Over my career, I’ve been fortunate to lead some sizeable teams. Large teams are like a tribe that has an established culture and traditions; one new tribe member can only change the tribe so much. The counter scenario is equally true: a newly-established small tribe is still establishing its culture and traditions with each new member having a meaningful impact on their formulation.
It’s for that reason that only recently, with my latest entrepreneurial chapter, AtlasRTX, have I been forced to really identify the key ingredients of the perfect hire. In a startup, every single colleague matters in a meaningful way: one hubristic or obstructive colleague can kill tribe morale, alignment, and support for the CEO’s vision; likewise, one energetic, hard-working team-player can meaningfully raise spirits, align colleagues, and gain traction towards that vision.
In this post, I’ll share with you to the four traits I look for in every new hire, and how I believe those traits are, as of this writing, our not-so-secret weapon resulting in a truly special, high-performance tribe at AtlasRTX.
This first H is foundational and thus stands alone from the other three (and hence the number 0): “horsepower” refers to a person’s intellect, capacity to perform, and energy to contribute. It’d be disingenuous of me to deny that the perfect hire is smart, thoughtful, and has a broad intellectual capacity. My friend, Shawn Hassel, described it as “horsepower” and it truly resonated with me as a great way to capture what I mean.
How do I ascertain one’s horsepower? Thoughtful and unrehearsed conversation about strategic topics with no clear “right answer” give a great deal of insight into one’s understanding, ability to reason, and capacity to reach sound conclusions. Horsepower is critical to the perfect hire.
I’m not afraid to admit that, when it comes to constructing my startup tribe, I only want to work with positive, grateful, energetic, and polite people. People like that help me and the tribe work our way through challenges and tough situations. Positive people lift morale and promote a healthy energy within the tribe.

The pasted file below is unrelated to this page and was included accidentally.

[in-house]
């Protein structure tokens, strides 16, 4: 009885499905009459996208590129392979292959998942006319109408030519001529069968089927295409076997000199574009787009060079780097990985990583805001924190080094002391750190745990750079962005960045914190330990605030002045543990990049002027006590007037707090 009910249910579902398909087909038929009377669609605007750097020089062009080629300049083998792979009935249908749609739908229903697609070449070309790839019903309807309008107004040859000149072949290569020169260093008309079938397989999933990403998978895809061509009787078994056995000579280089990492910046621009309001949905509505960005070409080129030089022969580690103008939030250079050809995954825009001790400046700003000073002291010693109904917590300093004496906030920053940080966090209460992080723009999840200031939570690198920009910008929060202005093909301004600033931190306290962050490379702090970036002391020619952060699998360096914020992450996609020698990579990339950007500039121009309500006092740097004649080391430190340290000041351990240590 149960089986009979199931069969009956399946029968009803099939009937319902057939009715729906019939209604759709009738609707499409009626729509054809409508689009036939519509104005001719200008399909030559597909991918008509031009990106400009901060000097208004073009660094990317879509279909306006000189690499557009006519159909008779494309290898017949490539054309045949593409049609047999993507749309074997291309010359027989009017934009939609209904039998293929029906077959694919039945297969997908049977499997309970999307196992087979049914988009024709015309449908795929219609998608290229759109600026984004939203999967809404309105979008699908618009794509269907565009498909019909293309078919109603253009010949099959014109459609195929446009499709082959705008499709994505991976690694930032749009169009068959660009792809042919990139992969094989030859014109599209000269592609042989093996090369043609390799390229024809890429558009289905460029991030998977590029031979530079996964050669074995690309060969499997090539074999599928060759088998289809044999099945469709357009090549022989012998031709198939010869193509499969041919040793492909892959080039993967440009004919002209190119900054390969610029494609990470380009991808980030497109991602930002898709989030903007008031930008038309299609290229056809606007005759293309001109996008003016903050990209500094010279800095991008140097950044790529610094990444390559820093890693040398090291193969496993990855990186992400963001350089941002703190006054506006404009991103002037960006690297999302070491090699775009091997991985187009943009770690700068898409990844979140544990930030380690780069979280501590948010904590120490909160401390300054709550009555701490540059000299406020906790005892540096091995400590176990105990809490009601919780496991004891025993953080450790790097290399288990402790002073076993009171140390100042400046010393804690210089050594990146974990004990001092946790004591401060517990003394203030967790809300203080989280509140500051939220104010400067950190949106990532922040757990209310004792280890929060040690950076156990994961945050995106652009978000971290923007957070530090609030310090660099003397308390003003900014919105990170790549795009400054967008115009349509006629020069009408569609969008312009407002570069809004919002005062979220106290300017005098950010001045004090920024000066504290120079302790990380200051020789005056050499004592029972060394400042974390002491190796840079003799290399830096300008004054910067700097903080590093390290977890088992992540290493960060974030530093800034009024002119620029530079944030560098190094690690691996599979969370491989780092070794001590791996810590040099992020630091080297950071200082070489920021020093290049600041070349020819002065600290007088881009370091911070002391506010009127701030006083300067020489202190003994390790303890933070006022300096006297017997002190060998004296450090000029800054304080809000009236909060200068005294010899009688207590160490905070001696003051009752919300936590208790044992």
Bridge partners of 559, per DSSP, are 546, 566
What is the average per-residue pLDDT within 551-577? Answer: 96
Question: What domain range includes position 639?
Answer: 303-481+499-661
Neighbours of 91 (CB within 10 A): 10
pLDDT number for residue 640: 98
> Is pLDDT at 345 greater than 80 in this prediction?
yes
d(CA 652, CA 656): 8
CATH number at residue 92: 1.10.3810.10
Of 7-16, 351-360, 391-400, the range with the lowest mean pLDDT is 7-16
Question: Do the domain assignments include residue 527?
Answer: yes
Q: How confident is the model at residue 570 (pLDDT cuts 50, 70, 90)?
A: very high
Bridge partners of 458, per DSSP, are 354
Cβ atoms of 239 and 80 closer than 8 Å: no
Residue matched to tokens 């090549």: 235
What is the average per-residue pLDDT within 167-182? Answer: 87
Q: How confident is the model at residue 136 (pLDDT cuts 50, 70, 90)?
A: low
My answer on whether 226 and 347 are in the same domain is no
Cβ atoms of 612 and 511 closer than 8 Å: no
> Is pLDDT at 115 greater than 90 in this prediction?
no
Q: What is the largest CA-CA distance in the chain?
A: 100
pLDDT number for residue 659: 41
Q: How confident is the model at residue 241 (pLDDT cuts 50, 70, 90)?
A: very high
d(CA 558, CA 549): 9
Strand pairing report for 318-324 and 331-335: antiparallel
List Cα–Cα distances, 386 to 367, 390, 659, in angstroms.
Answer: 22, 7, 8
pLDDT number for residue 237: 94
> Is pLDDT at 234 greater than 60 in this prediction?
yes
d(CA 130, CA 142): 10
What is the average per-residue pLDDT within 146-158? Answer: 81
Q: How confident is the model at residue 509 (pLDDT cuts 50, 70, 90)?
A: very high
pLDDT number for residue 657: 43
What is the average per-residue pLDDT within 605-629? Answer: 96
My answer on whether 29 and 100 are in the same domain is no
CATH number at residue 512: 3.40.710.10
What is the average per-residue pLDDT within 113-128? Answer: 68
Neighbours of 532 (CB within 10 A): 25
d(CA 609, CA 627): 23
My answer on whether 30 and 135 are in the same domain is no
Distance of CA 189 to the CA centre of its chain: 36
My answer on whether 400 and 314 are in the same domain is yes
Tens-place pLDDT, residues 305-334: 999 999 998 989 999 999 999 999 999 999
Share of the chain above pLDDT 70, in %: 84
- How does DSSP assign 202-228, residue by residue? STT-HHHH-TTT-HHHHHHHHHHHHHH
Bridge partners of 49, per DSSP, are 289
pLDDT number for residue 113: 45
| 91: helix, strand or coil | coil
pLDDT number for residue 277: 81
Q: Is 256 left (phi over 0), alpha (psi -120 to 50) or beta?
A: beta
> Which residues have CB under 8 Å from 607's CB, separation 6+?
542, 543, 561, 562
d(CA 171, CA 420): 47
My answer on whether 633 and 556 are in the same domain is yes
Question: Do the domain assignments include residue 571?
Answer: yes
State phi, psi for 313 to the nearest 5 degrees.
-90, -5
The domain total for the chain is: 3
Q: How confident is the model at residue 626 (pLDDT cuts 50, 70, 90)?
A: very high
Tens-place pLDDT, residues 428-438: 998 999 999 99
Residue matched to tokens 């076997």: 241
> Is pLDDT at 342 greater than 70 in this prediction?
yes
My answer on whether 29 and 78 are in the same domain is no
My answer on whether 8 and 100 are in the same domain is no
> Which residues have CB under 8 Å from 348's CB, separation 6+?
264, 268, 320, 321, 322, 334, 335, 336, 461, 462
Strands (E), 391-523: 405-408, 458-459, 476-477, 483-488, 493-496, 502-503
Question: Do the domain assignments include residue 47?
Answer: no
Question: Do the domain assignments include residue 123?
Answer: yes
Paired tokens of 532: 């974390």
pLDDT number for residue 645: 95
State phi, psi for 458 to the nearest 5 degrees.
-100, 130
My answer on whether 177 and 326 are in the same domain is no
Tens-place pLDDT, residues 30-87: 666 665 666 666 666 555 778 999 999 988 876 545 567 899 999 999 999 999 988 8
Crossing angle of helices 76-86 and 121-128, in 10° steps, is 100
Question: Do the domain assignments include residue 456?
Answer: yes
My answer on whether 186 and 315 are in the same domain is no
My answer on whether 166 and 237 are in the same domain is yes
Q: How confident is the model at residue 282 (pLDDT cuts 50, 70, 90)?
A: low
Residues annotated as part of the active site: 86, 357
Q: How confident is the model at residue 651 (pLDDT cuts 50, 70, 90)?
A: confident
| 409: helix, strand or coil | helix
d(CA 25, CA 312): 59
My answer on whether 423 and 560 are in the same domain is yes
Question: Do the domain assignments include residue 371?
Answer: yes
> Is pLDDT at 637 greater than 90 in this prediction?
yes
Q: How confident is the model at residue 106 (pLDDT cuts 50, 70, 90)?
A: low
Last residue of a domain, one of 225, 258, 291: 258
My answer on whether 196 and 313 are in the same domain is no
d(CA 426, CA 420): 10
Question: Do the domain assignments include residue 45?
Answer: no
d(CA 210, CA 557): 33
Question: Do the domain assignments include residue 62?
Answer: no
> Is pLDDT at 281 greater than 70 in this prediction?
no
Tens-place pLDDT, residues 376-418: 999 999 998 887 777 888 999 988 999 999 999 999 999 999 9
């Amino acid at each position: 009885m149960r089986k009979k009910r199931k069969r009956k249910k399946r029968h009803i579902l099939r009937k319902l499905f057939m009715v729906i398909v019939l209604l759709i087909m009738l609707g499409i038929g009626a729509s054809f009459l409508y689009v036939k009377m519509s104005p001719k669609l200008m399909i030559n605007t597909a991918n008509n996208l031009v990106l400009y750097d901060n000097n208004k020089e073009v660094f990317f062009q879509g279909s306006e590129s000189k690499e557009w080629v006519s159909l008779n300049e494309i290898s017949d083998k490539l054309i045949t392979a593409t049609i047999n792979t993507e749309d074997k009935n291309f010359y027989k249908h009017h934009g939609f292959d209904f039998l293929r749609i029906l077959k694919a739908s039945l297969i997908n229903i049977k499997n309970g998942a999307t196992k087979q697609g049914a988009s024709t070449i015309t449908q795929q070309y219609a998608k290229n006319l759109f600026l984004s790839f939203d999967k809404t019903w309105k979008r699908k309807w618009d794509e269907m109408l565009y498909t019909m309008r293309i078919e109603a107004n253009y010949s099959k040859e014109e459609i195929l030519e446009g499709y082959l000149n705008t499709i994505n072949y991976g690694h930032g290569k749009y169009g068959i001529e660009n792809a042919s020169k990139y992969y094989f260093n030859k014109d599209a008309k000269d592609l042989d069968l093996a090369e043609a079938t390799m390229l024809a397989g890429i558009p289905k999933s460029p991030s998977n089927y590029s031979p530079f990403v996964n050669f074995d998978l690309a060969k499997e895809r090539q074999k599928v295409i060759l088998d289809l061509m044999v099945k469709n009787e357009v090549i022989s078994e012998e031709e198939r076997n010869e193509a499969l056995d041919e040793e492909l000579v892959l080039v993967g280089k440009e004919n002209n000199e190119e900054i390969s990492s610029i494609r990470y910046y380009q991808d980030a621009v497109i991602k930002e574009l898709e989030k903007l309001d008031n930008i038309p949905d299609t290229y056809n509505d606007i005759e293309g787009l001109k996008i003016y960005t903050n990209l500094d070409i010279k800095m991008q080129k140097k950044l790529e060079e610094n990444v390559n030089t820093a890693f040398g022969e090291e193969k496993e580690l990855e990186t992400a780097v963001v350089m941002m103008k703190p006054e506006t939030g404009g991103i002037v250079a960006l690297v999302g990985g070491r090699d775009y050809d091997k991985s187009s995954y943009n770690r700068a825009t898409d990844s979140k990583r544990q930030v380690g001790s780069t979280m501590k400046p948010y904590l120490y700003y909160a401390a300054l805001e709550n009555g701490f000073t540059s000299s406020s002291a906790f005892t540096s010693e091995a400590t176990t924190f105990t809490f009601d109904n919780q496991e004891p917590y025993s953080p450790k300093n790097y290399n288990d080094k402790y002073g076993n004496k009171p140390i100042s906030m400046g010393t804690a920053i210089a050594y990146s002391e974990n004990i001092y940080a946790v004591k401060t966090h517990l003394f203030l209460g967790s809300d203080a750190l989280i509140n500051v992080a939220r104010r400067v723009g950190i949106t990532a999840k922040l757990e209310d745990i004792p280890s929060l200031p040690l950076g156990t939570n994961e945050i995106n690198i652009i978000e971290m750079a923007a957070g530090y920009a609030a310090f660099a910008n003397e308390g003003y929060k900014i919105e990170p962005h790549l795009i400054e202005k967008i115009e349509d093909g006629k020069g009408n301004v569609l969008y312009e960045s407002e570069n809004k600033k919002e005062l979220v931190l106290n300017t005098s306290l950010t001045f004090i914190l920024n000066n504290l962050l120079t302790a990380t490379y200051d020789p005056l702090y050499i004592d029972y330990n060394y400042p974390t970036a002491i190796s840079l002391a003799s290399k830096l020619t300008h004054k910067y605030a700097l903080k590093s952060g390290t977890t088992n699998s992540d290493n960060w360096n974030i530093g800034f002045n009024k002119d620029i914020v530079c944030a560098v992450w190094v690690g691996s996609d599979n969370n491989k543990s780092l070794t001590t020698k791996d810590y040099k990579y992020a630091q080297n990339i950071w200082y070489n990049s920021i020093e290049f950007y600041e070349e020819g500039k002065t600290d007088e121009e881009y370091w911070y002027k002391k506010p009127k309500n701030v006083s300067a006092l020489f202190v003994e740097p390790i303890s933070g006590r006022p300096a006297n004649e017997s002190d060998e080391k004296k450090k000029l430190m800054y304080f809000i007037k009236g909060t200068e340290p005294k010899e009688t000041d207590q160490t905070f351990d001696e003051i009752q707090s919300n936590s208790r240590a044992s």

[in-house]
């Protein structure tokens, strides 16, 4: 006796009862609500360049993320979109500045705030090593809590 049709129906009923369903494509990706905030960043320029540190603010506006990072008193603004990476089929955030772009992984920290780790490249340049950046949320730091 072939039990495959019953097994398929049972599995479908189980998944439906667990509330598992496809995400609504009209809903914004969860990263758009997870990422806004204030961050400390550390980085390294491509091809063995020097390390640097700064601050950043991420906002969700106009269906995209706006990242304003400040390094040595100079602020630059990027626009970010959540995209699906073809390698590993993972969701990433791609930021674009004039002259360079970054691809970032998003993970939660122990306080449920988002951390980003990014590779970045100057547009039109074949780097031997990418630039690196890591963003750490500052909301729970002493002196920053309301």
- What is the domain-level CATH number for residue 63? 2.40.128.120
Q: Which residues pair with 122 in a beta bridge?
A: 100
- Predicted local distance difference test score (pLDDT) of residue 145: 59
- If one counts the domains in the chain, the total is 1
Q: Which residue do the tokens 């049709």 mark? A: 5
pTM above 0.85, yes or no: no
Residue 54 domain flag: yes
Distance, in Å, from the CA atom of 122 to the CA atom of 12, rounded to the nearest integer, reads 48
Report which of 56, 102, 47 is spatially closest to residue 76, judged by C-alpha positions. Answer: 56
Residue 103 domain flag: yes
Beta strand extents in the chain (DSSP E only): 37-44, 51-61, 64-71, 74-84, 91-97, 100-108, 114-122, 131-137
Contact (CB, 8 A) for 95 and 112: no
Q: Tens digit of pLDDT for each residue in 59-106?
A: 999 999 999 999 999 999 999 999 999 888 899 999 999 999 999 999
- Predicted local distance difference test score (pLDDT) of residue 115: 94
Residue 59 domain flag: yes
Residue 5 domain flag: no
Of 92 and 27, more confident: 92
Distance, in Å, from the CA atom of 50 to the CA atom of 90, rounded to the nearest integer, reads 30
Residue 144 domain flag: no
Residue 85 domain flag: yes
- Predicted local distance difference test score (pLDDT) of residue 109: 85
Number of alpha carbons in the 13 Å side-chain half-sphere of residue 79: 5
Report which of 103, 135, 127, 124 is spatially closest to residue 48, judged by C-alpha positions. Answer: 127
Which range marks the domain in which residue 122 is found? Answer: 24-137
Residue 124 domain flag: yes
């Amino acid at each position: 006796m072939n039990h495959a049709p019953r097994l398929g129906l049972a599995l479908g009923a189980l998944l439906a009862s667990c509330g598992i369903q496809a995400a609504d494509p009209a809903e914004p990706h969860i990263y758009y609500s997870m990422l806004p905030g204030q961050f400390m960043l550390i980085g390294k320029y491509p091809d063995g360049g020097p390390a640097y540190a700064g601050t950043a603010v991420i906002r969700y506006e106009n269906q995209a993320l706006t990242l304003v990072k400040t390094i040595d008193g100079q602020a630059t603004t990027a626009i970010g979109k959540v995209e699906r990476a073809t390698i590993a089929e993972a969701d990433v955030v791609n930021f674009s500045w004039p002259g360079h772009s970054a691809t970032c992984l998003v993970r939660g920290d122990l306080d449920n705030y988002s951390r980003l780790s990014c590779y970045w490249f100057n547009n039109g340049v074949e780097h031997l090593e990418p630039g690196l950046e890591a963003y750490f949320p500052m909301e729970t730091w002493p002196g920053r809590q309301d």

How do I ascertain if a candidate is happy? Aside from the positive energy I immediately feel upon meeting them, grateful people are happy people. It’s incredible to me how rare it is to hear “thank you so much for…” or “I’m really grateful for…” I look for those who are grateful for the little things; those are the people who’ll raise the energy of the tribe. Gratitude is happiness and happiness is critical to a startup tribe.
To grow the aggregate knowledge and capability of the tribe, I need to inject a great deal of humility into the mix. “Humble horsepower” is a magical combination: smart people who are modest and self-effacing enough to realize and acknowledge they haven’t figured it all out are very hard to find. But, they’re worth the wait. Their lack of hubris is what allows them to continue growing their horsepower in perpetuity.
Humble people are coachable; they’re curious. And, perhaps most important, they’re accountable for their actions and willing to say these rarely-uttered words freely: “I’m sorry; I was wrong; I’ve been able to learn and recalibrate from the experience.” How do I ascertain humility? Simply-stated, I avoid know-it-alls. Know-it-alls are devastating to tribe culture and are, by definition, unable of being humble.
There’s only one missing ingredient at this point: I’m looking for people who are hungry for success, both their own and the entire tribe’s. Hunger wins time and time again.
Hungry people challenge themselves; they are self-starters who, despite frequently modest beginnings, are able to overcome and achieve. How do I ascertain one’s hunger? I intently listen to their story appreciating chapters wherein they fought to achieve and struggled to overcome.
I’ll share with you a little secret. Do you want to tug at my heartstrings during an interview and maximize your shot at getting the job? Say the following words: “I just need someone to give me a chance, and I’ll prove myself by working harder than anyone, learning whatever I need to, and making it happen no matter the obstacles.” These words leave me looking for reasons to hire the person.
Horsepower alone isn’t enough. But happy, humble, hungry people with horsepower are what a high-performing tribe is built on.